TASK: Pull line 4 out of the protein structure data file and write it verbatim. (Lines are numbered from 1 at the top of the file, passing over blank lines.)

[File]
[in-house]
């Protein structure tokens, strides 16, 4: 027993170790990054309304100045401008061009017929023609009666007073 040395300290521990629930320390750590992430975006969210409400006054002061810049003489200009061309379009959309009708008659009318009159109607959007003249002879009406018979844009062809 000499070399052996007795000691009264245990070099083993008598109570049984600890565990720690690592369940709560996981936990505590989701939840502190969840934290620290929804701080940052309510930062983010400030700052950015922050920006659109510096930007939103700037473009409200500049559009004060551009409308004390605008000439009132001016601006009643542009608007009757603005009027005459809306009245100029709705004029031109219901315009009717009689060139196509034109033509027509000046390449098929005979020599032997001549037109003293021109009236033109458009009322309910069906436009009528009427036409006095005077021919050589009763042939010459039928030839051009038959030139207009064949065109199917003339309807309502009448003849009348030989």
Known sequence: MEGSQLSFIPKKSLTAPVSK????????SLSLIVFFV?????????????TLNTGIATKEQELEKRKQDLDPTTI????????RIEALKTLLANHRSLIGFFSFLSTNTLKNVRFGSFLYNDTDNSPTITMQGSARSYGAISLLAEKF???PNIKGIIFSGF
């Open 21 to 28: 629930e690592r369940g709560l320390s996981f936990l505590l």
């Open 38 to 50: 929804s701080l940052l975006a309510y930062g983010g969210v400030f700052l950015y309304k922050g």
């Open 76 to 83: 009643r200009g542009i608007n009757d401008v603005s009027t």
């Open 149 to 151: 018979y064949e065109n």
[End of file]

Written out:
């Open 21 to 28: 629930e690592r369940g709560l320390s996981f936990l505590l």